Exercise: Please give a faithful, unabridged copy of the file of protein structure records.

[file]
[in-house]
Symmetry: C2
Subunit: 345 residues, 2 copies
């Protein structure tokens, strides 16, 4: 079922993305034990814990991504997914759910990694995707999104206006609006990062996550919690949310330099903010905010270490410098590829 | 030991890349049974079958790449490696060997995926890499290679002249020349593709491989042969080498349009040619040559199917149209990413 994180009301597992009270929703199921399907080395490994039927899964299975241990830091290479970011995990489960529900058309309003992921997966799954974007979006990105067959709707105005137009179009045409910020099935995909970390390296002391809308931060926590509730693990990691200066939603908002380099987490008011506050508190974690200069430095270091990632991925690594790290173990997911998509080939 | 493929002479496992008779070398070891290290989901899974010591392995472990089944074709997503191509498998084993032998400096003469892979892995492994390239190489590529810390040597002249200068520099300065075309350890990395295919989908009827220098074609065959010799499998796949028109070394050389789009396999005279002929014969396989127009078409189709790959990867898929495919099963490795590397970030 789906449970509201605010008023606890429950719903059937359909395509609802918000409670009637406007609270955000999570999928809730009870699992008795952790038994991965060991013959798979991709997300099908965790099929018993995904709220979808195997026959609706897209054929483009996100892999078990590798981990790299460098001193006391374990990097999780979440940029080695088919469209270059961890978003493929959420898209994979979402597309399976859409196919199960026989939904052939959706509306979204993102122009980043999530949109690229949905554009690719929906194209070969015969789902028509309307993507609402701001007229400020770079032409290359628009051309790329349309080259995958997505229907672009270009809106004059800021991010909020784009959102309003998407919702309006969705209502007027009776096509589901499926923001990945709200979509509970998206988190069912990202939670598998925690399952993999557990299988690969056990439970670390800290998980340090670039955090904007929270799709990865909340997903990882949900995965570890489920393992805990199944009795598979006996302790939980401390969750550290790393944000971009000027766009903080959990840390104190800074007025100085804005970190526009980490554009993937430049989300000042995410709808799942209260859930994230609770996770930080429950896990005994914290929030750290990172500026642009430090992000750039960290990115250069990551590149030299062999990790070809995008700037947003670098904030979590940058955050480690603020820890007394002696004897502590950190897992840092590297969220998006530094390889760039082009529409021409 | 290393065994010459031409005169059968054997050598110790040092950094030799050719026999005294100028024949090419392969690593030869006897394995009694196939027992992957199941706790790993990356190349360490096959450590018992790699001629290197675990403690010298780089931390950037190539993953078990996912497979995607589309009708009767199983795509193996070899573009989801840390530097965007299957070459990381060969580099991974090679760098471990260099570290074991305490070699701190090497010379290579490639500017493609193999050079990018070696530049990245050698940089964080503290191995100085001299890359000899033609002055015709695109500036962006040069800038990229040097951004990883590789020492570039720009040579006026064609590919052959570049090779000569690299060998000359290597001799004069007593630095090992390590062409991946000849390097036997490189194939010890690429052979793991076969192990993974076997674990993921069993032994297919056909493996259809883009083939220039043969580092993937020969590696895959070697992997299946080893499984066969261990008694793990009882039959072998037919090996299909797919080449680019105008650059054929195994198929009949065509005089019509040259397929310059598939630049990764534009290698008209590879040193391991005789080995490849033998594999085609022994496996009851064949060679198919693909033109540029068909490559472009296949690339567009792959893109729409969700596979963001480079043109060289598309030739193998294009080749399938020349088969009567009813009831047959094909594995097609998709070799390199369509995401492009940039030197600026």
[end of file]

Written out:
[in-house]
Symmetry: C2
Subunit: 345 residues, 2 copies
């Protein structure tokens, strides 16, 4: 079922993305034990814990991504997914759910990694995707999104206006609006990062996550919690949310330099903010905010270490410098590829 | 030991890349049974079958790449490696060997995926890499290679002249020349593709491989042969080498349009040619040559199917149209990413 994180009301597992009270929703199921399907080395490994039927899964299975241990830091290479970011995990489960529900058309309003992921997966799954974007979006990105067959709707105005137009179009045409910020099935995909970390390296002391809308931060926590509730693990990691200066939603908002380099987490008011506050508190974690200069430095270091990632991925690594790290173990997911998509080939 | 493929002479496992008779070398070891290290989901899974010591392995472990089944074709997503191509498998084993032998400096003469892979892995492994390239190489590529810390040597002249200068520099300065075309350890990395295919989908009827220098074609065959010799499998796949028109070394050389789009396999005279002929014969396989127009078409189709790959990867898929495919099963490795590397970030 789906449970509201605010008023606890429950719903059937359909395509609802918000409670009637406007609270955000999570999928809730009870699992008795952790038994991965060991013959798979991709997300099908965790099929018993995904709220979808195997026959609706897209054929483009996100892999078990590798981990790299460098001193006391374990990097999780979440940029080695088919469209270059961890978003493929959420898209994979979402597309399976859409196919199960026989939904052939959706509306979204993102122009980043999530949109690229949905554009690719929906194209070969015969789902028509309307993507609402701001007229400020770079032409290359628009051309790329349309080259995958997505229907672009270009809106004059800021991010909020784009959102309003998407919702309006969705209502007027009776096509589901499926923001990945709200979509509970998206988190069912990202939670598998925690399952993999557990299988690969056990439970670390800290998980340090670039955090904007929270799709990865909340997903990882949900995965570890489920393992805990199944009795598979006996302790939980401390969750550290790393944000971009000027766009903080959990840390104190800074007025100085804005970190526009980490554009993937430049989300000042995410709808799942209260859930994230609770996770930080429950896990005994914290929030750290990172500026642009430090992000750039960290990115250069990551590149030299062999990790070809995008700037947003670098904030979590940058955050480690603020820890007394002696004897502590950190897992840092590297969220998006530094390889760039082009529409021409 | 290393065994010459031409005169059968054997050598110790040092950094030799050719026999005294100028024949090419392969690593030869006897394995009694196939027992992957199941706790790993990356190349360490096959450590018992790699001629290197675990403690010298780089931390950037190539993953078990996912497979995607589309009708009767199983795509193996070899573009989801840390530097965007299957070459990381060969580099991974090679760098471990260099570290074991305490070699701190090497010379290579490639500017493609193999050079990018070696530049990245050698940089964080503290191995100085001299890359000899033609002055015709695109500036962006040069800038990229040097951004990883590789020492570039720009040579006026064609590919052959570049090779000569690299060998000359290597001799004069007593630095090992390590062409991946000849390097036997490189194939010890690429052979793991076969192990993974076997674990993921069993032994297919056909493996259809883009083939220039043969580092993937020969590696895959070697992997299946080893499984066969261990008694793990009882039959072998037919090996299909797919080449680019105008650059054929195994198929009949065509005089019509040259397929310059598939630049990764534009290698008209590879040193391991005789080995490849033998594999085609022994496996009851064949060679198919693909033109540029068909490559472009296949690339567009792959893109729409969700596979963001480079043109060289598309030739193998294009080749399938020349088969009567009813009831047959094909594995097609998709070799390199369509995401492009940039030197600026």